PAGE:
With the exception of Nebel (1992) all the strategies discussed above were developed for point absorbers and, in most cases, demonstrated using a single degree-of-freedom linear model. OSWEC’s are flap type devices which are constrained such that they oscillate with the surge (horizontal) motion of sea waves. It is beneficial for them to be placed near-shore where this surge motion is exaggerated. As such their operation is quite different from point absorber type devices which interact with the heave (vertical) motion of sea waves and therefore generally operate in deep water. Because of this difference not all results or findings can be directly related to CCell. Indeed, one study of a surface piercing OSWEC found that at ‘optimal’ damping the phase angle between wave and paddle position had not, as linear theory would suggest it should, reached zero (Schmitt et al. 2016). Further more, as a result of focussing on point absorbers, little attention has been given to the difference in wave excitation torque experienced by opposing sides of an OSWEC, something which is magnified by the curved geometry of CCell.

This paper will consider the fundamental theory for the asymmetry in wave forces before proceeding to develop a hydrodynamic model of the CCell device which includes these asymmetric forces but ignores mean drift force (another form of asymmetric loading). However, it is believed that the controller discussed would work in a similar manner with this asymmetry. A supervisory controller, which could be used in conjunction with the controllers discussed above, which seeks to overcome some issues these forces can pose will then be shown working with a simple power maximising algorithm both in simulation and experimentally.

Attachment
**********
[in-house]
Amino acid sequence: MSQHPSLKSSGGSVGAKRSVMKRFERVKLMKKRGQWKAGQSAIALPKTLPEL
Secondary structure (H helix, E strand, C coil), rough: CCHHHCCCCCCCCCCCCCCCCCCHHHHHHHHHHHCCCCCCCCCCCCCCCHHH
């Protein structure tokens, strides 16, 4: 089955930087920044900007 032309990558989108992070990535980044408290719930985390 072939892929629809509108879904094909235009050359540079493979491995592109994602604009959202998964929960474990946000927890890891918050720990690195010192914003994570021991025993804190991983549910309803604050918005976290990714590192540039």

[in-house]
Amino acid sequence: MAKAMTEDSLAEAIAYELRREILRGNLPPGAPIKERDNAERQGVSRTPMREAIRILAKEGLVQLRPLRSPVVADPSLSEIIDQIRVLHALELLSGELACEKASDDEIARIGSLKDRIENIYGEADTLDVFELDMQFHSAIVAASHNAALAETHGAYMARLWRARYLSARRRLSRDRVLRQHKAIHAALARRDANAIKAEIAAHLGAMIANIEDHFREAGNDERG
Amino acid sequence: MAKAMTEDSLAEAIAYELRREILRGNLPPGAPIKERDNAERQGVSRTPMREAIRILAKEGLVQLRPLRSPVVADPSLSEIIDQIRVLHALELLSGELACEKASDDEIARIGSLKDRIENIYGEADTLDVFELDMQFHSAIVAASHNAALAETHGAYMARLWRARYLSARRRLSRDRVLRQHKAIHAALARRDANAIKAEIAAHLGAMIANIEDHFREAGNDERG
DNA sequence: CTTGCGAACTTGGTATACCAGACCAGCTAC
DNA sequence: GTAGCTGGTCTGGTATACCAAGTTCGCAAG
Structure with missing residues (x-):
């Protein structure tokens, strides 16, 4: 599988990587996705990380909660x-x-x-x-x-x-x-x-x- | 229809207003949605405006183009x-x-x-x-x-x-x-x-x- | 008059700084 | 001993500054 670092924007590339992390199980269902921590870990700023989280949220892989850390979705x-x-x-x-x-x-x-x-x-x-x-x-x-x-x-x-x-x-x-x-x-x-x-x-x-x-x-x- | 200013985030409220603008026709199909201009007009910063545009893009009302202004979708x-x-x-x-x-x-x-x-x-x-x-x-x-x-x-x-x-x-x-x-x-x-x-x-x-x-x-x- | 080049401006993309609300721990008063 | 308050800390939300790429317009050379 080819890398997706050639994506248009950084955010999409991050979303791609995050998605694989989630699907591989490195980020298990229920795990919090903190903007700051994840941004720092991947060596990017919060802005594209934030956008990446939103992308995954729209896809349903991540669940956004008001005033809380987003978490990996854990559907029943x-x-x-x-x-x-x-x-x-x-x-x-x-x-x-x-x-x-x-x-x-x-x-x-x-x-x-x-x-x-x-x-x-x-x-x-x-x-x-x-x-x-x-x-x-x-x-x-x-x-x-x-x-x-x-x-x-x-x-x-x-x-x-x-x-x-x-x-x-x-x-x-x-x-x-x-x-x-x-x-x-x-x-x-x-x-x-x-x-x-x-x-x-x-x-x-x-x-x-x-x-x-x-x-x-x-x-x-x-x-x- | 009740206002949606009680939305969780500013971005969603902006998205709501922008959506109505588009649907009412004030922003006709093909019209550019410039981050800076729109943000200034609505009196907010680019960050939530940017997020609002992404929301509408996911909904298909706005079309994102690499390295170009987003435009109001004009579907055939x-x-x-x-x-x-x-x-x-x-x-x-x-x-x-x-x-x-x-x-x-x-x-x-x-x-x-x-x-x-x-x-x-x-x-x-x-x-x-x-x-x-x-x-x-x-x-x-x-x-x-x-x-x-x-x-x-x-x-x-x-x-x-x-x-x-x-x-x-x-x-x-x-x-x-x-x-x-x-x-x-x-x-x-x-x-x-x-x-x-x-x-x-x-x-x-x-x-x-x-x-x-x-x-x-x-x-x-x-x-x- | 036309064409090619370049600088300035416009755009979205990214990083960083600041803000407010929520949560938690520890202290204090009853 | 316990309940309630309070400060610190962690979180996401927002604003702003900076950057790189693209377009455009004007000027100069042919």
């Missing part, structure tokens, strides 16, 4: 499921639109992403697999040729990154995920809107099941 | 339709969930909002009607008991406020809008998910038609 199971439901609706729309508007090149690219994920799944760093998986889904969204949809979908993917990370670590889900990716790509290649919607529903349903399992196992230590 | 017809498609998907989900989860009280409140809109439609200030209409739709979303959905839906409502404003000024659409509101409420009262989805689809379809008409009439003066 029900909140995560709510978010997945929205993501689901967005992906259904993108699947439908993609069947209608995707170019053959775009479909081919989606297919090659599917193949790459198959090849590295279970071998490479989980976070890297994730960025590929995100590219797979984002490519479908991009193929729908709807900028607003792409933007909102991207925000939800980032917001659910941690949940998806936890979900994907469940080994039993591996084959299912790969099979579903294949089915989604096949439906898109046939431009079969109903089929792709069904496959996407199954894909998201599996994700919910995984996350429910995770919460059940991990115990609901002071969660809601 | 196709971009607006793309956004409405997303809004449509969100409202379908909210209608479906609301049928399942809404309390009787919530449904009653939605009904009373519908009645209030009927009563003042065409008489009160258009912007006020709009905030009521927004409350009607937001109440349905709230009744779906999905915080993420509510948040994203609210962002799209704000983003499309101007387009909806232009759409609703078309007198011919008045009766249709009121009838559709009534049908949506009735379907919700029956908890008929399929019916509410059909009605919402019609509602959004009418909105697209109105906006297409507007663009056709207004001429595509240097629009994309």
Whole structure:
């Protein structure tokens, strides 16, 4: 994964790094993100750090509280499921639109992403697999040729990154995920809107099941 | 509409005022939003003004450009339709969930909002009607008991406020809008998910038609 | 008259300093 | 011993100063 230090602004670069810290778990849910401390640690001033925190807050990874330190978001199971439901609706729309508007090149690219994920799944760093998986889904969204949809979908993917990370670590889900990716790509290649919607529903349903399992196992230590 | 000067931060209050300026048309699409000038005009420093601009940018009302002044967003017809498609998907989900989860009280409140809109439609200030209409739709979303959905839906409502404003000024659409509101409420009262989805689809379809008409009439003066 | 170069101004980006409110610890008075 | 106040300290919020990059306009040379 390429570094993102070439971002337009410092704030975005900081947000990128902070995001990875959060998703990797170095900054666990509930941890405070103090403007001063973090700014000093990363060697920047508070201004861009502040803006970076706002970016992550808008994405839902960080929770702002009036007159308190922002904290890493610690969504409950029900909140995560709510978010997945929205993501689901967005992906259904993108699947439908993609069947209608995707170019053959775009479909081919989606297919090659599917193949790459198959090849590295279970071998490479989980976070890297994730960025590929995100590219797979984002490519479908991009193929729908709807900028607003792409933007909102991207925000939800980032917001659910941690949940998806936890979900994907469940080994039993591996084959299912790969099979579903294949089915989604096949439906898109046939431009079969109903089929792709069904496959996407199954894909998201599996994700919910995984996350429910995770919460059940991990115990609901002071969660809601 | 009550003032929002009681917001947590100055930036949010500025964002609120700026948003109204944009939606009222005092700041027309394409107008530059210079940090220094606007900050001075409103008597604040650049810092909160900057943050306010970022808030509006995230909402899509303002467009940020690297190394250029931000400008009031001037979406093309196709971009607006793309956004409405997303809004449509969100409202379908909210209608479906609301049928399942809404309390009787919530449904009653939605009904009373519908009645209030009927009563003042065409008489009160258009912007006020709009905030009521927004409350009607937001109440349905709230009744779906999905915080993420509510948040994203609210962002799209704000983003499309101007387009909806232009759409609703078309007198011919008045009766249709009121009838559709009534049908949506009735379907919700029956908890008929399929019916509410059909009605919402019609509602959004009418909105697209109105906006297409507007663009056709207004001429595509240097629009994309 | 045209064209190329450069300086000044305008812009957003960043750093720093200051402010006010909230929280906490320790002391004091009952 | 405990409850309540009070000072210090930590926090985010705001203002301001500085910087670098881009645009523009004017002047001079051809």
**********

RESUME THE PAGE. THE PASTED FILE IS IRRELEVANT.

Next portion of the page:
Asymmetry of wave excitation force

The difference between the wave excitation force experienced by an OSWEC in the seaward and shoreward directions necessitates an opposing force with equal magnitude to maintain a neutral operating position. There are two possible sources of this force. The first is buoyancy. If the buoyancy of the paddle is sufficiently large then it will limit the displacement of the paddle before the end stops on the hydraulic piston or other control member are reached (Evans 1981). The second option is to supply this force from the PTO system, either in the form of a spring or by varying the damping rate in each direction.

Existing OSWEC designs are believed to overcome this issue with high buoyancy. A survey of the published findings from other OSWEC projects revealed that asymmetric forces were not discussed elsewhere (Gomes et al. 2012; Tom et al. 2016; Crooks et al. 2016). The problem with high buoyancy is that it is analogous to having a large spring attached to the paddle which reduces paddle motion and can adversely effect power capture whilst also increasing the paddle size.

Dynamic modelling